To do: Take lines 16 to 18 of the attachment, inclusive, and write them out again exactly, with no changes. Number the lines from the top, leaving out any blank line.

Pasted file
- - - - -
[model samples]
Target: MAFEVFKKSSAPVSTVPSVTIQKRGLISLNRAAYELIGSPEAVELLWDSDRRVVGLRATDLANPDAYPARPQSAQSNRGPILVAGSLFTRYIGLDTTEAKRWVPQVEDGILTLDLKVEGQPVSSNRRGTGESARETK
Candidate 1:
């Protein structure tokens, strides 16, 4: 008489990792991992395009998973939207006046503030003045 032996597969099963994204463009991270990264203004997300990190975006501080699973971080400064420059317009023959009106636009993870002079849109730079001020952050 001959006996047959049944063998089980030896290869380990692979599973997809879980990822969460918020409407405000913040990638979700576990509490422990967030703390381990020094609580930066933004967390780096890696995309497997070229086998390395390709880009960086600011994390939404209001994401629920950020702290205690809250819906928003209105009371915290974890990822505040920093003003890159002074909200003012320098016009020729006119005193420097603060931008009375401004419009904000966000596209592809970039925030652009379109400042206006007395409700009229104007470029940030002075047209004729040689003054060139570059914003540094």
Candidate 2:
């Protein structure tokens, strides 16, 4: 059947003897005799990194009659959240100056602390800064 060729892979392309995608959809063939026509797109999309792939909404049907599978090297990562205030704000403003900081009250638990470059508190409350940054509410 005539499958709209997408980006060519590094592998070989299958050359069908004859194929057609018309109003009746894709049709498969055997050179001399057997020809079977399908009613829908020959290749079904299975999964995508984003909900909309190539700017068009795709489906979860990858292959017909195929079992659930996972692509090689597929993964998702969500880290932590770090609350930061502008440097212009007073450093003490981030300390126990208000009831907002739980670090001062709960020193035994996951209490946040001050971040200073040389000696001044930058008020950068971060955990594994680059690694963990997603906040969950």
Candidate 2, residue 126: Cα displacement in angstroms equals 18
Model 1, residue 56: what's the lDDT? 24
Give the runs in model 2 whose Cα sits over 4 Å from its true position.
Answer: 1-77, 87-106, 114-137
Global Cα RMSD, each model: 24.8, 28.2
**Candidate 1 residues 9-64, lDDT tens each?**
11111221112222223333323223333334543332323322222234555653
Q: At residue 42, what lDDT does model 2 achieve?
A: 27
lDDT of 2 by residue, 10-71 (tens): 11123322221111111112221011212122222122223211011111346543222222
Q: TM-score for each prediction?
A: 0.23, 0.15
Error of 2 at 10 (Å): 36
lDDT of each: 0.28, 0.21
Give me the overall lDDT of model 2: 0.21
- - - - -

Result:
lDDT of 2 by residue, 10-71 (tens): 11123322221111111112221011212122222122223211011111346543222222
Q: TM-score for each prediction?
A: 0.23, 0.15